On a quiet fall night on the Catawba River, a beaver dam stopped a potential disaster. The dam was all that stood between a sewage leak and the river that supplies much of Charlotte’s drinking water.
“A beaver dam strategically located contained the spill,” a utilities report stated.
Beavers were the heroes on this day, and can benefit local ecosystems, but they are not always so helpful.
Beaver reintroduction began slowly in the 1930s. Now, the North American Beaver, the largest rodent in North America, is making its presence known – even in urban areas around Charlotte.
“They have rehabilitated their native territory, including here in Mecklenburg County,” said Rupert Medford, an N.C. Wildlife Resources Commission district biologist.
The potential damage
Medford said his office, which covers Mecklenburg and some surrounding counties, gets complaints about beaver damage to trees and also hears concerns about the standing water that their dams can create.
Two beaver dams are at the Dairy Branch of Upper Little Sugar Creek near Freedom Park. Even though the dams were breached in the last few months, water remains pooled up. In this case, a steep embankment kept the water from reaching the road, but other places are not so lucky.
Beaver trappers in Mecklenburg County say that the rodent can become a nuisance. One beaver dam, for example, covered up the manholes to underground pipelines, preventing repair crews from entering.
To curb their effects, the state has a beaver trapping season. A beaver is typically killed in the trap.
Charlotte-Mecklenburg Animal Care and Control does not remove beavers, but private companies and licensed trappers will. The Wildlife Resources Commission has a list of licensed trappers on its website.
The trapping season is November to the end of March. According to Wildlife Resources Commission’s website, trapping is the best option for a concerned property owner. Beavers can be used for their pelts and meat.
Under North Carolina law, unlike with some other animals, land owners can remove beavers from their property outside of the trapping season.
“The rules are relaxed for beavers because they are so destructive,” Medford said.
Some critics say trapping is not a permanent solution.
Sharon Brown, a biologist from Beavers: Wetlands and Wildlife, a national beaver advocacy group, said that once a colony of beavers is removed, a new colony typically will move in sometime in the near future.
Beavers will stay in one location for up to a decade if the food supply remains stable. One beaver trapper said that if one beaver is killed, the others will typically vacate the area.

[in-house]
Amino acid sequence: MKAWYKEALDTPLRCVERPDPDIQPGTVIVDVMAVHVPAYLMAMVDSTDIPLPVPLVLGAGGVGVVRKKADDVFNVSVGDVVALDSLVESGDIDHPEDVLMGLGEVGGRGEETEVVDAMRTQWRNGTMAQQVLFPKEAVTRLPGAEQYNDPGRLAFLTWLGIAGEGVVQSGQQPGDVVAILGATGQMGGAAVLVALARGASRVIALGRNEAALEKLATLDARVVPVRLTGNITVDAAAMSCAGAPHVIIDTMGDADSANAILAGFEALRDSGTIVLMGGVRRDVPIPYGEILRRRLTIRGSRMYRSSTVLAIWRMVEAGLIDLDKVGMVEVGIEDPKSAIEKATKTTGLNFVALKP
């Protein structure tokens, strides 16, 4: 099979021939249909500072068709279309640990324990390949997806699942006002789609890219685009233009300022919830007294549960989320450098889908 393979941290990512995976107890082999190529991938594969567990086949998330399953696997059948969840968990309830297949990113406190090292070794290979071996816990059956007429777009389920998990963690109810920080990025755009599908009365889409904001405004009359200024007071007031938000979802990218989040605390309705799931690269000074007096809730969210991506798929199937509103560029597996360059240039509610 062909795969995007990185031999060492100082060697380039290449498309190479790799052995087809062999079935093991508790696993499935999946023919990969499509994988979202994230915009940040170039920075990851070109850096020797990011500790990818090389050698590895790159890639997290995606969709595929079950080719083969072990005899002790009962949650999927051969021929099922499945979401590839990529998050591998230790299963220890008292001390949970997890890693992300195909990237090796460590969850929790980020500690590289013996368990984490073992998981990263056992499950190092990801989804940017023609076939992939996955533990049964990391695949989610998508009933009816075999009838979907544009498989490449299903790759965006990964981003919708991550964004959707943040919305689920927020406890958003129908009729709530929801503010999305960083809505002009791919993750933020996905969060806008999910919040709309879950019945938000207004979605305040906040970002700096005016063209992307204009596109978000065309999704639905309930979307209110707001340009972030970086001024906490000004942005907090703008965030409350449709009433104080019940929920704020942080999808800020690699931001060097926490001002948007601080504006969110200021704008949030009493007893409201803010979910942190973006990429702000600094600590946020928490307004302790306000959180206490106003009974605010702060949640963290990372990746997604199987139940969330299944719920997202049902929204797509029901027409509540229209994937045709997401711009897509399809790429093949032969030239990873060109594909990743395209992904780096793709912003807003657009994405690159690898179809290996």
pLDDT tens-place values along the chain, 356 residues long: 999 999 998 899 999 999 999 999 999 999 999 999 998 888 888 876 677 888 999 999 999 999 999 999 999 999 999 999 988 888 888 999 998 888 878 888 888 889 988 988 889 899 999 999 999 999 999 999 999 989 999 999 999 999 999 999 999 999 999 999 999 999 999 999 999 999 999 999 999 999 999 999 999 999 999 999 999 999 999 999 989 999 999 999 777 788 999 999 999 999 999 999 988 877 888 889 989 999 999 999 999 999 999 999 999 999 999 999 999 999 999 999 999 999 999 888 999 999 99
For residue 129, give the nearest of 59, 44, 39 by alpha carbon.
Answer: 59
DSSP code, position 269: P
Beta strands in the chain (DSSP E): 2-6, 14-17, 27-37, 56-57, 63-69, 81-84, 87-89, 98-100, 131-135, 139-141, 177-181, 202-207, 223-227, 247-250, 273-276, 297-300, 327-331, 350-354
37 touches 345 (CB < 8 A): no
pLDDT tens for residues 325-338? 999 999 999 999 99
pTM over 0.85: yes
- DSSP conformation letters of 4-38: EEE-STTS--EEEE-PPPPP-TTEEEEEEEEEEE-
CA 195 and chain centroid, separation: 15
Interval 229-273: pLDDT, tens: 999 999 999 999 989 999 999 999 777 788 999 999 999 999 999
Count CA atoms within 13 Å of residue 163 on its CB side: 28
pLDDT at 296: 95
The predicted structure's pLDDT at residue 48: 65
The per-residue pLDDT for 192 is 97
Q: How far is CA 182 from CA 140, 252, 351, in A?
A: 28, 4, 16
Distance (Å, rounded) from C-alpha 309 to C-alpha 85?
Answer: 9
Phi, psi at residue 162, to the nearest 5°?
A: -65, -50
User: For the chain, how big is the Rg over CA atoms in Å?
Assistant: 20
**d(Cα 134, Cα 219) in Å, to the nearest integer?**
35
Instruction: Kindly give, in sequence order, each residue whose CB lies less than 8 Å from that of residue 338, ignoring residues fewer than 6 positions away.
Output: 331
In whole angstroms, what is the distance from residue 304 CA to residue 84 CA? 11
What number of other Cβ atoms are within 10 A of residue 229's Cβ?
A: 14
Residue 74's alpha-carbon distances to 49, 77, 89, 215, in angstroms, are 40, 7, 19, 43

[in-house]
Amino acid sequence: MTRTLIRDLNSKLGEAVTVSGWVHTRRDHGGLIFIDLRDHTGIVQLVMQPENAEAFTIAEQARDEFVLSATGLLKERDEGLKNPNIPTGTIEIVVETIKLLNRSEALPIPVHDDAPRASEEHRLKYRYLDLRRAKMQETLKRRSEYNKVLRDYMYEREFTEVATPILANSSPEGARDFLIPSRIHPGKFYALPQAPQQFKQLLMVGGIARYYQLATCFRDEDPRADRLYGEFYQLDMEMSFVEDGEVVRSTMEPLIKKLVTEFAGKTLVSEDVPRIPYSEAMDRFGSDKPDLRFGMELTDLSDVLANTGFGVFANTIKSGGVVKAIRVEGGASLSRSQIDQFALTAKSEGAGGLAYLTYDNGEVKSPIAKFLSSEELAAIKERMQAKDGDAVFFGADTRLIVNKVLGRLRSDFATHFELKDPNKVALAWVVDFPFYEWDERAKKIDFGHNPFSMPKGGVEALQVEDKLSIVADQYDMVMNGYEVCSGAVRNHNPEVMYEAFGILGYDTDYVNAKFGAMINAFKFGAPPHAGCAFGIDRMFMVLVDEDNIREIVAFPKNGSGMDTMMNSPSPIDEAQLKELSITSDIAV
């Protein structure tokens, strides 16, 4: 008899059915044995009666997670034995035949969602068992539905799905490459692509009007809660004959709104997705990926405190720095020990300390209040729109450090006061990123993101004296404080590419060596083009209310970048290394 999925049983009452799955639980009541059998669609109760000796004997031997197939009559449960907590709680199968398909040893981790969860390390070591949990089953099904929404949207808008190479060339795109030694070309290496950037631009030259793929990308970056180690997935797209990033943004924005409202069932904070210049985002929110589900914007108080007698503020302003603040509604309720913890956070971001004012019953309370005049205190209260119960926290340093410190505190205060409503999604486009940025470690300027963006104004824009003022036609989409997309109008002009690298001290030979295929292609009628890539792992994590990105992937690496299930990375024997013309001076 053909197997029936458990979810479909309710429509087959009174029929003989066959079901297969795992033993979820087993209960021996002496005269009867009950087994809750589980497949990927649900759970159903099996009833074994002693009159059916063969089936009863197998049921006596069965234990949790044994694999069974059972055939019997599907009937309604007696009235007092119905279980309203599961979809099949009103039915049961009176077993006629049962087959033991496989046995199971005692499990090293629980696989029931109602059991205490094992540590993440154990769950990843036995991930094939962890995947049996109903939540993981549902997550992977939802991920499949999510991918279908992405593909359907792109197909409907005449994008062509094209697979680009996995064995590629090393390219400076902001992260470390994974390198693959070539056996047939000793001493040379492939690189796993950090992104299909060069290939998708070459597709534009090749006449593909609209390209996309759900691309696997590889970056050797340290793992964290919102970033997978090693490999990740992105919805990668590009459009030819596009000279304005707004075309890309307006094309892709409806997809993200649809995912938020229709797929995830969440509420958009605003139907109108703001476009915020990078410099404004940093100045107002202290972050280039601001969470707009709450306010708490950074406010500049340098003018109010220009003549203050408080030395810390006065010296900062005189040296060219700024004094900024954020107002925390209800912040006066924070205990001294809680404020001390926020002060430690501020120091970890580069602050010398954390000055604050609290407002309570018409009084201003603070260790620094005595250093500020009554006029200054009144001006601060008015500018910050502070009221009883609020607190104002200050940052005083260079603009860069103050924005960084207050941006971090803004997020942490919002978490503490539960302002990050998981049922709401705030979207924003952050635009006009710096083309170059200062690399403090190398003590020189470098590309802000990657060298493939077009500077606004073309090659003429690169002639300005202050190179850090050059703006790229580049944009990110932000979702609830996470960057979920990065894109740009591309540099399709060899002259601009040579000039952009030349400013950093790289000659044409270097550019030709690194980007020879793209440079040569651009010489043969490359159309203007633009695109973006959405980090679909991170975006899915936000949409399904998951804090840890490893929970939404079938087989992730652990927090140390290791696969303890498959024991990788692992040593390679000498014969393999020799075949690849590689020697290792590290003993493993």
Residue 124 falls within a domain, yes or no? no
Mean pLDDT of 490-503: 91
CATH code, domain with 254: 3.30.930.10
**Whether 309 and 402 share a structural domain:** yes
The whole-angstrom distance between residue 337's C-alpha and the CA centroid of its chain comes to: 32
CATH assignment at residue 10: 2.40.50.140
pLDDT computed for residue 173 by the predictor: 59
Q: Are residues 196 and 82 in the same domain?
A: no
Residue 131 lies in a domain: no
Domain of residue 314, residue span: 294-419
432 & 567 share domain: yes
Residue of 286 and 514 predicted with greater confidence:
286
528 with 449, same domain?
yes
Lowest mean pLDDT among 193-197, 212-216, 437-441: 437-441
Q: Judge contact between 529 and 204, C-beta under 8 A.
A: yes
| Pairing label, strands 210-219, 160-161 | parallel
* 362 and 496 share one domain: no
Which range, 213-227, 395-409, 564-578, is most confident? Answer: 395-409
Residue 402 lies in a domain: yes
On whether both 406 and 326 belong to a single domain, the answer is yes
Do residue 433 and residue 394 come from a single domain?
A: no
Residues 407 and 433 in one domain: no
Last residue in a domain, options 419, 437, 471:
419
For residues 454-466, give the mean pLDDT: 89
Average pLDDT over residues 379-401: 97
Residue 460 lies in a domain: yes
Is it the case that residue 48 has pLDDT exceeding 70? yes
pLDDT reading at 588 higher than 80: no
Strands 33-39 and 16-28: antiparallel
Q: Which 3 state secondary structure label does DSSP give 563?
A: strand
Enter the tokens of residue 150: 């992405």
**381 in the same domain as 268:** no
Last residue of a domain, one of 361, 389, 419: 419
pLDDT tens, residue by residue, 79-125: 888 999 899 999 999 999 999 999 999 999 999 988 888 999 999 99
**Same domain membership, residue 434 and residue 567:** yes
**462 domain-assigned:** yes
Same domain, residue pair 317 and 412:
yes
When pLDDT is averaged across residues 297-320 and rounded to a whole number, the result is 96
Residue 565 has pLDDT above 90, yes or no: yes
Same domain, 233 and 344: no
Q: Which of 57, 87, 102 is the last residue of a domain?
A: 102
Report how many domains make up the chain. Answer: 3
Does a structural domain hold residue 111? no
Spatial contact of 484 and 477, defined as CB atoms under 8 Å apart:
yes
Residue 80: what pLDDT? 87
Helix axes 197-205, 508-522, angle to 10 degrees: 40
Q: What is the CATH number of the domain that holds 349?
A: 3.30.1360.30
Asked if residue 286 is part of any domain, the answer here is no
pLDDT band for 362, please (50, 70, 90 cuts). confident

Some towns, like Martinez, Calif., near the San Francisco Bay area, have petitioned local governments to install flow devices to curb beavers’ negative effects. These devices steal water away from the beavers, lessening their impact. But it allows the beavers to still keep their dam.
“(The city council) was kicking and screaming” because they initially didn’t want to pay, said Heidi Perryman, who runs a beaver blog in Martinez.
Christopher Newport University, in Newport, Va., released a study comparing the costs of keep or removing beavers. The study looked at 14 dam sites, and compared the costs before and after flow devices were installed.
It found that before the devices, it costs around $300,000 to remove beavers and to repair the surrounding areas. Often a new colony moved right back in.
The price over the same period of time with the devices was around $44,000 because the beavers’ damage is permanently controlled.
“People don’t realize the benefits of beavers are hidden,” Brown said.
Beaver dams filter water, which helps contain urban runoff and water pollution from spreading downstream. They also create new ecosystems, as animals come to the slower water around the dam. Beaver removal can destroy these habitats.
In Martinez, the community ended up saving their town’s beavers, even creating a yearly festival to celebrate the beavers’ continued survival.
“There has been a strong push to coexist,” Brown said.
Tyler Fleming: 704-358-5355, @tyler_fleming96